Sacred Earth, Broken Earth

This monthly column will point out environmental dimensions in upcoming lectionary passages and suggest ways to bring God’s creation into our preaching — not just occasionally but throughout the year.

In his new book Sacred Word, Broken Word, Kenton Sparks describes the coexistence of good and evil in creation, including the human spirit and Scripture itself:

Imagine, if you will, a beautiful painting by the likes of Renoir or Monet. And then imagine that someone seizes it, rips it from the frame, crumples it up, and stomps on the painting for about ten minutes. What is left in the end? One has a beautiful painting that is everywhere warped and twisted. The former beauty of the unmolested painting is visible in some places more than others, but no quarter of the canvas has escaped the damage.1

Such interpenetration of good and evil, pleasing and destructive, holy and deadly, is captured liturgically in the season of Lent, in which, as Isaac Watts wrote, “sorrow and love flow mingled down.”

In our town, Good Friday is marked by taking the cross to the streets, remembering along with Jesus’ suffering the sufferings of today, in jails, soup kitchens, and youth shelters. This year, for the first time, the walk will include damaged ecological sites, where beauty lingers despite destruction.

At the cross, Jesus’ followers meet human cruelty that destroys even the best the world has seen. Similarly, when we come face to face with relentless consumption of the world’s minerals, animals, water, and soil, and reckless spewing of destructive toxins, we recognize how deeply destruction runs. It is visible in some places more than others, but no quarter of the human race or of the earth has escaped damage.

But resurrection can be found, not just 2000 years ago, but today. Throughout the earth, communities are confronting and redeeming the damage. Recently I met with the mayor of our town, who told me of plans for parks, tree plantings, community gardens, brownfield reclamation projects, bikeways, pedestrian paths, and a new pavilion for the farmers’ market. A firm that is up-river from my house is developing technology to train workers for solar and wind power jobs. Like the tender crocuses in spring, such movements signal changes in the earth, new beginnings.

On March 3, Lent’s third Sunday:

  • Isaiah 55:1-9 reminds us of a world where food and drink are not commodified, as bottled water is today, where all are freely invited to “come to the waters.” It commends wise choices, so that we may “eat what is good.”
  • Psalm 63:1-8 uses the imagery of drought to describe longing for the rich feast of God’s presence.
  • 1 Corinthians 10:1-13 shares the theme of food, remembering the story of manna in the wilderness and the water God gave from the rock.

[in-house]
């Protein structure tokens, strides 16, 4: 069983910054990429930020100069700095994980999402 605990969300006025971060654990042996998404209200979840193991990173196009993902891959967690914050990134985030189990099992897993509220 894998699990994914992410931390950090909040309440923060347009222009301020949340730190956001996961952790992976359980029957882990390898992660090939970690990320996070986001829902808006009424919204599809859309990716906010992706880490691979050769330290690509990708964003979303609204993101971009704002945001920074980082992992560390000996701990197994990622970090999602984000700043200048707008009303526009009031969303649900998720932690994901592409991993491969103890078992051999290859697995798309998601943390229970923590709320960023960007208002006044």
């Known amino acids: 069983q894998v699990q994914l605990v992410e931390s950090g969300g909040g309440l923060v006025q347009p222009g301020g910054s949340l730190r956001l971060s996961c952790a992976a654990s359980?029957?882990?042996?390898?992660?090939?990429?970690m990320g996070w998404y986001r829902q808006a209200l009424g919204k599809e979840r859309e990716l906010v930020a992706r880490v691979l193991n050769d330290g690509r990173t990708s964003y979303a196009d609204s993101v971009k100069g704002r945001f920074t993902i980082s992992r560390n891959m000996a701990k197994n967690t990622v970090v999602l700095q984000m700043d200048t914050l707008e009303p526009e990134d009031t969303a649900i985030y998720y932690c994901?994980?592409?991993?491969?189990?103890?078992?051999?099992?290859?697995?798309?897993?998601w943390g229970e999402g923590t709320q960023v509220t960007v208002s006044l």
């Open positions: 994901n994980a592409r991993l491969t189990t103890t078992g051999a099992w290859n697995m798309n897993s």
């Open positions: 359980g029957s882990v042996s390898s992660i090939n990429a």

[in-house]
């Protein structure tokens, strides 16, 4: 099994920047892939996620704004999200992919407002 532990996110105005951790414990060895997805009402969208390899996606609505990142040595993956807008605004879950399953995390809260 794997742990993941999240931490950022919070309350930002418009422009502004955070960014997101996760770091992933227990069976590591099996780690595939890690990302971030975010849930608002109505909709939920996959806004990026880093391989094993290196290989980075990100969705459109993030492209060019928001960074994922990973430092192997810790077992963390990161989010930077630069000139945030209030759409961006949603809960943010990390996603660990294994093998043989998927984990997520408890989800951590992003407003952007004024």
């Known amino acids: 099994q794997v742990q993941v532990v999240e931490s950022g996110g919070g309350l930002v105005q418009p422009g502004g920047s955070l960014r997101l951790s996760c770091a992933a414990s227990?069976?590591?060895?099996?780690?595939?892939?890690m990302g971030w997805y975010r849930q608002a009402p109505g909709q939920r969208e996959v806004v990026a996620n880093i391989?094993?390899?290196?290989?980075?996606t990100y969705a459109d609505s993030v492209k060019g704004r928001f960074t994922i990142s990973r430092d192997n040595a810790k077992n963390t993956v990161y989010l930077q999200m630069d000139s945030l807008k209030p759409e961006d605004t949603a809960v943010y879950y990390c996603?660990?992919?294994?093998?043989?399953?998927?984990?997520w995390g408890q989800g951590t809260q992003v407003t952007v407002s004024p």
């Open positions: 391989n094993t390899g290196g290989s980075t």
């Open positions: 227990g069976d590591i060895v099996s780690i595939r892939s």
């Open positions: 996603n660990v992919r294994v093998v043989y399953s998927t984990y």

• Luke 13:1-9 teaches that those who suffer are not necessarily those who sinned. God waits for us all to bear good fruit.

On March 10, Lent’s fourth Sunday:

  • Joshua 5:9-12 relates the first day that the children of Israel eat food grown in the land of Canaan.
  • Psalm 32 remembers the dangers of drought and flood, and reminds humans that God has taught us the way we should go.
  • 2 Corinthians 5:16-21 reminds readers that God’s new creation begins immediately, in this world, where we might become “the righteousness of God.”
  • Luke 15:1-3, 11b-32 narrates a father’s joy when his dissolute son stops squandering his heritage and returns home.

On March 17, Lent’s fifth Sunday:

  • Isaiah 43:16-21 describes “a new thing” that God will do: rivers in the desert for the people that God formed “to declare my praise.”
  • Psalm 126 remembers God’s restoration in the past and prays for restoration today, like “watercourses in the Negeb,” so that “those who go out weeping, bearing the seed for sowing, shall come home with shouts of joy, carrying their sheaves.”
  • Philippians 3:4b-14 ponders Paul’s wish, willingly forfeiting his former status, to know the power of Christ’s resurrection.
  • John 12:1-8 tells the story of Mary’s profuse anointing of Jesus, as profuse as the bounty with which God graces the earth.

On March 24, Passion Sunday:

  • Isaiah 50:4-9a expresses reliance on God in the face of human opposition.
  • Psalm 31:9-16 could be the prayer not only of the lowly, but of the earth itself, distressed, ignored, “like a broken vessel,” yet praying for God’s favor.
  • Philippians 2:5-11, resisting arrogance, looks toward the day when every tongue confesses the self-emptying Christ as Lord.
  • Luke 22:14-23:56 begins with Jesus’ last supper, reminding us of God’s presence even in the ordinary gifts of food and drink. It ends with Jesus’ body laid in the earth.

On March 31, Easter Sunday

  • Jeremiah 31:1-6 expresses confidence that “Again you shall plant vineyards on the mountains of Samaria; the planters shall plant, and shall enjoy the fruit.”
  • Psalm 118:1-2, 14-24 employs natural stone, rejected by builders, as the “chief cornerstone.”
  • Colossians 3:1-4, with its exhortation to “set your minds on things that are above, not on things that are on earth,” challenges us to distinguish between God’s good creation and the sinful order Paul often identifies as earthly. This passage exhorts godliness, but not rejection of God’s creation.
  • John 20:1-18 relates the disciples’ discovery of Jesus’ resurrection at the garden tomb. Mary was more right than she may have known when she supposed Jesus to be the gardener. Creation comes full circle in God’s new creation.

Kenton Sparks, Sacred Word, Broken Word: Biblical Authority and the Dark Side of Scripture (Grand Rapids: Eerdmans, 2012), 20.